In the Eastern Orthodox Church, an Exarch is now a deputy of a Patriarch. In many cases he rules on behalf of the Patriarch a Church outside the home territory of the Patriarchate. Thus, in the United States of America, there are Exarchs representing, among others, the Serbian, Romanian, Bulgarian and Jerusalem Patriarchs. The style of the Exarchs of the Patriarchate of Jerusalem is "Exarch of the Holy Sepulcher".

The Mexican Orthodox parishes in five deaneries (Mexico City, D.F., State of Mexico, State of Jalisco, State of Veracruz and State of Chiapas) of the Orthodox Church in America are governed as the "Exarchate of Mexico", currently under the leadership of Bishop Alejo of Mexico City. [1]

The Oriental Orthodox Patriarch of Antioch currently has under his authority an Exarch in India, known by the ancient title Maphrian, although he is popularly referred to as Catholicos. This is not to be confused with the autocephalous Catholicate of the East, which is also located in India.

Bulgarian Exarchate

On 28 February 1870 the twenty-year-old struggle between Greeks and Bulgarians for the control of the Orthodox Church in Bulgaria culminated when the Ottoman Sultan Abd-ul-Aziz created an independent Bulgarian ecclesiastical organisation, known as the Bulgarian Exarchate. The Orthodox Church in Bulgaria had now become independent of the Greek-dominated Patriarchate of Constantinople. The ensuing struggle, waged especially in Macedonia, was not only religious but had a conspicuous political dimension of a contention between competing Greek and Bulgarian national aims. For more information see Bulgarian Exarchate and Bulgarian Orthodox Church.

Sui generis uses

Western (Latin) Catholic Church

Historically, there have been a very few cases of the civil title of Exarch granted by the civil authority to prelates of the Latin Church, as when Emperor Frederick I named the Archbishop of Lyon Exarch of Burgundy in 1157.

However, the ecclesiastical title of Exarch has disappeared in the Western Catholic Church, being replaced by the terms "Primate" (ranking above Metropolitan Archbishop) and "Apostolic Vicar" (ranking below Suffragan Bishop).

Modern Eastern Catholic Churches

In Eastern Catholic Churches (of Eastern tradition but in full communion with the Bishop of Rome, the Pope), the ecclesiastical title of Exarch is in common use, just as with its Orthodox counterparts.

These Churches are, in general, not identified with a particular liturgical rite. Thus, no less than fourteen of them use the one same Byzantine Rite, mostly in one or other of only two languages, Greek and Church Slavonic, but they maintain their distinct identities. Because of population shifts, half or so of these Churches have not just exarchates but full-scale eparchies (bishoprics) or even archeparchies (archdioceses) outside their original territory.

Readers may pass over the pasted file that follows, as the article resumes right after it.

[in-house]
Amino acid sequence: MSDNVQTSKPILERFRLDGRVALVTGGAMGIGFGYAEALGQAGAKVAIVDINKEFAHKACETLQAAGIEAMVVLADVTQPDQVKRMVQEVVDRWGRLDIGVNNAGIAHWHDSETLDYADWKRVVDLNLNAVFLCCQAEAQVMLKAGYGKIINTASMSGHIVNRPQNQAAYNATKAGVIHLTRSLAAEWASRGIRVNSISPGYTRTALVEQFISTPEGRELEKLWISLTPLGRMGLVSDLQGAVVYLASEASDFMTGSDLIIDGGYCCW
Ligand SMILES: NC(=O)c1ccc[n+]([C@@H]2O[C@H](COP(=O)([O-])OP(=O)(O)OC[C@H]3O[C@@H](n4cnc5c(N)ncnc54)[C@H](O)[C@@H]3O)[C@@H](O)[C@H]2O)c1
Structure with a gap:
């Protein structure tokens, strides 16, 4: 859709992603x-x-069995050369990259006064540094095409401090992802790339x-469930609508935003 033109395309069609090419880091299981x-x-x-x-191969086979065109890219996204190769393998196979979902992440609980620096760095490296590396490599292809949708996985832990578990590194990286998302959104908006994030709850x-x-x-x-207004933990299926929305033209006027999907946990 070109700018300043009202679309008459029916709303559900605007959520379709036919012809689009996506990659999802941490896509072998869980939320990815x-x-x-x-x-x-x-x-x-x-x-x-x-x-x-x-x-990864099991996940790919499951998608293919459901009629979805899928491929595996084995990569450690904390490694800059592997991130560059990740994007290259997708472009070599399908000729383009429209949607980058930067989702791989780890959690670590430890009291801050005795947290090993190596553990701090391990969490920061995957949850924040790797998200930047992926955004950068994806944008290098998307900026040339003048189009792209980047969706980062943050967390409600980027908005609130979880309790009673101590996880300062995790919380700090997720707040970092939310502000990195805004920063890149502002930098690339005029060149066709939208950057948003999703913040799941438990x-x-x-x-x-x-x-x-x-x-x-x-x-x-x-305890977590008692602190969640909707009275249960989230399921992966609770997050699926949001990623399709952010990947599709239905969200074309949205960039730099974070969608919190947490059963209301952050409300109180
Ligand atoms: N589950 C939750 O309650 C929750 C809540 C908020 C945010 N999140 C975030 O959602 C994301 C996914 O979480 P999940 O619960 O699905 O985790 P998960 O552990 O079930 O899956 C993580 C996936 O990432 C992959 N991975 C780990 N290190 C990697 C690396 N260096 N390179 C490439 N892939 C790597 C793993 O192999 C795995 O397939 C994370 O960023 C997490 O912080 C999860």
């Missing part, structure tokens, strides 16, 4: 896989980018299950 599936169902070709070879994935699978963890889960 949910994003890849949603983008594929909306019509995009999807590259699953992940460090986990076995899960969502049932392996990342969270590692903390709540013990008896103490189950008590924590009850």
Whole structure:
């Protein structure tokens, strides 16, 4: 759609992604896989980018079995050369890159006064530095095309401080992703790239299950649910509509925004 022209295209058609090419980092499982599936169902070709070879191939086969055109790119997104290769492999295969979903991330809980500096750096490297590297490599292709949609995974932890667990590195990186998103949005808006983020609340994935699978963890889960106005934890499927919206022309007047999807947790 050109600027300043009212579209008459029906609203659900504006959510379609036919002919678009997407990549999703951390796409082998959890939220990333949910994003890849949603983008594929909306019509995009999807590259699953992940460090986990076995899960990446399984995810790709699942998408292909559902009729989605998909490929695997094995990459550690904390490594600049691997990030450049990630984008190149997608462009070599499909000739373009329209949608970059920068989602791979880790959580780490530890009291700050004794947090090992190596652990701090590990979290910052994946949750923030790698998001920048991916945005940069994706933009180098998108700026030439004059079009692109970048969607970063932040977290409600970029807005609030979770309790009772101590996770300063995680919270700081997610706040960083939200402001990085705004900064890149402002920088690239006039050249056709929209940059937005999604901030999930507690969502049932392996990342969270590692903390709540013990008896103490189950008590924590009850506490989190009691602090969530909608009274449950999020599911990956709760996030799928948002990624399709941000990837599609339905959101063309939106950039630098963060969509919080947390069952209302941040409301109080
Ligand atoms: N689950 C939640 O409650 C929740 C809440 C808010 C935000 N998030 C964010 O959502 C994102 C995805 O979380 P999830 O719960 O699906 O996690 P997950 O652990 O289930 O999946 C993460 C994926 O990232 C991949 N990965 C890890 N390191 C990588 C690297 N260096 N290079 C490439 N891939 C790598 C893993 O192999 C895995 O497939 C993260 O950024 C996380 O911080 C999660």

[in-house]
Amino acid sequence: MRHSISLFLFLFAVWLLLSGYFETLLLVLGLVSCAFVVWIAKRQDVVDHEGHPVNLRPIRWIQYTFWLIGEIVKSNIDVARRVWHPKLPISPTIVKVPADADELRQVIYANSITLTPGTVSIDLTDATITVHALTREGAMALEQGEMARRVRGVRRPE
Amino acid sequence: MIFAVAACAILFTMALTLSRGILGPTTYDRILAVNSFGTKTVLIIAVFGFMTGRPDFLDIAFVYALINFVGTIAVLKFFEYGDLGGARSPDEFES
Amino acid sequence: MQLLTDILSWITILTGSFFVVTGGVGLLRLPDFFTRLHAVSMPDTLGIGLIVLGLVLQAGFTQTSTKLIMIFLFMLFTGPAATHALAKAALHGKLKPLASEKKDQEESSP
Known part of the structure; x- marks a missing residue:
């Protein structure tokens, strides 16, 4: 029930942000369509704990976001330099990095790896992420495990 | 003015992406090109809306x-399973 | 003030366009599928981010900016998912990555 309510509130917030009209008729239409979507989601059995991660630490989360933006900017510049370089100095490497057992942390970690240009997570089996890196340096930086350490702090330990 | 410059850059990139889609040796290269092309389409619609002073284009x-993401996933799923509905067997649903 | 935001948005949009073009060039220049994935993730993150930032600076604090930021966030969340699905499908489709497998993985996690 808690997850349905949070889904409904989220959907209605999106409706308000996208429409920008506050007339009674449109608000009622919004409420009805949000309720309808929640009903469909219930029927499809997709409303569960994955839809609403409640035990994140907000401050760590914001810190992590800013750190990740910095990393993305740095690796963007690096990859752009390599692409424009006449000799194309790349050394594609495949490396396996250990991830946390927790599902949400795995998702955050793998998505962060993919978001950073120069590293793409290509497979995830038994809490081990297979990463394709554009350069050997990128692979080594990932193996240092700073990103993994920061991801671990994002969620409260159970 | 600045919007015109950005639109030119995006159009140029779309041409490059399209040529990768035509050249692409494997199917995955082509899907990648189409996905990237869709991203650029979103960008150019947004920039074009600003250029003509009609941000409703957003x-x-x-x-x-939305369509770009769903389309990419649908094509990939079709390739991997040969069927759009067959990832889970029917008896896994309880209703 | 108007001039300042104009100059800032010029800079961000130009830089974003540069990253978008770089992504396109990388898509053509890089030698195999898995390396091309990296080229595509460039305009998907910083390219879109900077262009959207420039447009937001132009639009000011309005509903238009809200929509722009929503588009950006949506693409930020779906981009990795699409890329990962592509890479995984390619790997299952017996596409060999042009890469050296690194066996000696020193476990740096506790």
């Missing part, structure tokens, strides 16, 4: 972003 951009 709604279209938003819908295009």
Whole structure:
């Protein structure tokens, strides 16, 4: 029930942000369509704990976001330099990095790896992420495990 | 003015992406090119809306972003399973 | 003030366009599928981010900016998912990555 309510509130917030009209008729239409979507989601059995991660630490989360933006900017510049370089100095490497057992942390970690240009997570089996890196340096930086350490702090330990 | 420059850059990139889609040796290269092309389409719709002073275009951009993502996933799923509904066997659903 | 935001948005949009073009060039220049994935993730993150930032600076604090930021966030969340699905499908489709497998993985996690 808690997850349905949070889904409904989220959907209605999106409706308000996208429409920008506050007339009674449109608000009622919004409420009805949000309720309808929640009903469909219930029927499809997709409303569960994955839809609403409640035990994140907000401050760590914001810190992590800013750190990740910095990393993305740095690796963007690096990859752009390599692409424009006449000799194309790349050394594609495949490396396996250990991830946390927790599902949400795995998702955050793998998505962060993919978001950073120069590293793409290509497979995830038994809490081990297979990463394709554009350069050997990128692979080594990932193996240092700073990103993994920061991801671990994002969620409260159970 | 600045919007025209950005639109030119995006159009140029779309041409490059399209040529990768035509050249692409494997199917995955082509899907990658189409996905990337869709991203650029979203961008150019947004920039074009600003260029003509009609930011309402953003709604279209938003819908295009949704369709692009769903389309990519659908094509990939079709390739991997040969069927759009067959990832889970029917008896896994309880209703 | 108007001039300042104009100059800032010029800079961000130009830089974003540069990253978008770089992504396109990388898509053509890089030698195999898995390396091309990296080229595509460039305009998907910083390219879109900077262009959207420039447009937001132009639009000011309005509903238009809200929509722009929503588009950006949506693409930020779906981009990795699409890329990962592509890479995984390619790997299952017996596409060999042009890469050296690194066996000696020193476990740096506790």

An Apostolic Exarch is usually a consacrated bishop of a titular see to whom the Pope, as Bishop of the Roman See of the Apostle Peter, has entrusted the pastoral care of the faithful of an autonomous particular Church sui iuris in an area, not raised to the rank of eparchy (diocese), that is situated outside the home territory of an Eastern Catholic Church. An Apostolic Exarch thus corresponds to what in the Latin Church is called a Apostolic Vicar. These exarchates are generally exempt (immediately subject to the Holy See), with limited oversight by the Patriarch, Major Archbishop or Metropolitan in chief of the Eastern Church.

Patriarchs and Major Archbishops may also appoint Exarchs (not always (titular) bishops). These Patriarchal or Archiepiscopal Exarchs are limited to the traditional territory of their church. They may be suffragan to an archdiocese or archeparchy of the Eastern Church, or be immediately subject to the Patriarch or Major Archbishop.

The following Eastern Catholic exarchates can be found in the 2006 Annuario Pontificio and newer sources.[1]

Apostolic Exarchates

These are exempt, i.e. immediately subject to the Holy See, rather than to their Patriarch or other head of the particular Church

Byzantine Rite
Antiochian Rite
Armenian Rite
Syro-Oriental Rite

Patriarchal Exarchates

Armenian Rite
Byzantine Rite
Antiochian Rite

Archiepiscopal Exarchates

Byzantine Rite

Former Eastern Catholic Exarchates

(probably still incomplete)

in Europe - Byzantine Rite
in Asia - Armenian Rite
in Asia - Antiochian Rite
in Asia - Syro-Oriental Rite
in the Americas - Antiochian Rite
in the Americas - Armenian Rite
in the Americas - Byzantine Rite
in the Americas - Syro-oriental Rite
in Africa - Alexandrian Rite

Sources and External Links

See also


External links

  •  [https%3A%2F%2Fen.wikisource.org%2Fwiki%2F1911_Encyclop%C3%A6dia_Britannica%2FExarch "Exarch" ] Check |ws link in chapter= value (help). Encyclopædia Britannica (11th ed.). 1911.<templatestyles src="Module:Citation/CS1/styles.css"></templatestyles>de:Exarchat